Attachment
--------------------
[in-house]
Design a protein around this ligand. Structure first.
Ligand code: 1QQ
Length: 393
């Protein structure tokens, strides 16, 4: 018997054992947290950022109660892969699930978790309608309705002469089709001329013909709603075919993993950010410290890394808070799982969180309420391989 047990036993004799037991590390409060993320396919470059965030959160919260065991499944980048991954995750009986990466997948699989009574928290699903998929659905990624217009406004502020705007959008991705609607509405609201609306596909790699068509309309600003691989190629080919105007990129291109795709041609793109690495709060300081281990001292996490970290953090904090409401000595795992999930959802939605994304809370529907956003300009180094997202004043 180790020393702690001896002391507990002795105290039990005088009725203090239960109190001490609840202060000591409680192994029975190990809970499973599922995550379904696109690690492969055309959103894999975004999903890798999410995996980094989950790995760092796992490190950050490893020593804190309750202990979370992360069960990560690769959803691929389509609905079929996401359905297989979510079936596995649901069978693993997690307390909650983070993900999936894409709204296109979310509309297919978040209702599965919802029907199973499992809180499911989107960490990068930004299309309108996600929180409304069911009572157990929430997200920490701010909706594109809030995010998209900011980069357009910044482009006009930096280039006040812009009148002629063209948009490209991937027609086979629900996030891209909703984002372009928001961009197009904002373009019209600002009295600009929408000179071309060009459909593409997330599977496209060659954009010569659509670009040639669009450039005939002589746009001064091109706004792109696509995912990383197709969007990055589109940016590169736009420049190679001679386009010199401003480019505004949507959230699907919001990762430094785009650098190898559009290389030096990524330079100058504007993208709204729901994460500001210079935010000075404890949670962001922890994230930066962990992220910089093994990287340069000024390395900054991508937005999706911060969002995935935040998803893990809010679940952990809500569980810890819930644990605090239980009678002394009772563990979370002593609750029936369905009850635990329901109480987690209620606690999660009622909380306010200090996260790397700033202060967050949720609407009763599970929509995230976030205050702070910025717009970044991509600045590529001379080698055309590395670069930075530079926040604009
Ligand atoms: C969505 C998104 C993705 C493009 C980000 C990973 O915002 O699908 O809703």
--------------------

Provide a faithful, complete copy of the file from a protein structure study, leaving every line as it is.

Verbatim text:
[in-house]
Design a protein around this ligand. Structure first.
Ligand code: 1QQ
Length: 393
């Protein structure tokens, strides 16, 4: 018997054992947290950022109660892969699930978790309608309705002469089709001329013909709603075919993993950010410290890394808070799982969180309420391989 047990036993004799037991590390409060993320396919470059965030959160919260065991499944980048991954995750009986990466997948699989009574928290699903998929659905990624217009406004502020705007959008991705609607509405609201609306596909790699068509309309600003691989190629080919105007990129291109795709041609793109690495709060300081281990001292996490970290953090904090409401000595795992999930959802939605994304809370529907956003300009180094997202004043 180790020393702690001896002391507990002795105290039990005088009725203090239960109190001490609840202060000591409680192994029975190990809970499973599922995550379904696109690690492969055309959103894999975004999903890798999410995996980094989950790995760092796992490190950050490893020593804190309750202990979370992360069960990560690769959803691929389509609905079929996401359905297989979510079936596995649901069978693993997690307390909650983070993900999936894409709204296109979310509309297919978040209702599965919802029907199973499992809180499911989107960490990068930004299309309108996600929180409304069911009572157990929430997200920490701010909706594109809030995010998209900011980069357009910044482009006009930096280039006040812009009148002629063209948009490209991937027609086979629900996030891209909703984002372009928001961009197009904002373009019209600002009295600009929408000179071309060009459909593409997330599977496209060659954009010569659509670009040639669009450039005939002589746009001064091109706004792109696509995912990383197709969007990055589109940016590169736009420049190679001679386009010199401003480019505004949507959230699907919001990762430094785009650098190898559009290389030096990524330079100058504007993208709204729901994460500001210079935010000075404890949670962001922890994230930066962990992220910089093994990287340069000024390395900054991508937005999706911060969002995935935040998803893990809010679940952990809500569980810890819930644990605090239980009678002394009772563990979370002593609750029936369905009850635990329901109480987690209620606690999660009622909380306010200090996260790397700033202060967050949720609407009763599970929509995230976030205050702070910025717009970044991509600045590529001379080698055309590395670069930075530079926040604009
Ligand atoms: C969505 C998104 C993705 C493009 C980000 C990973 O915002 O699908 O809703």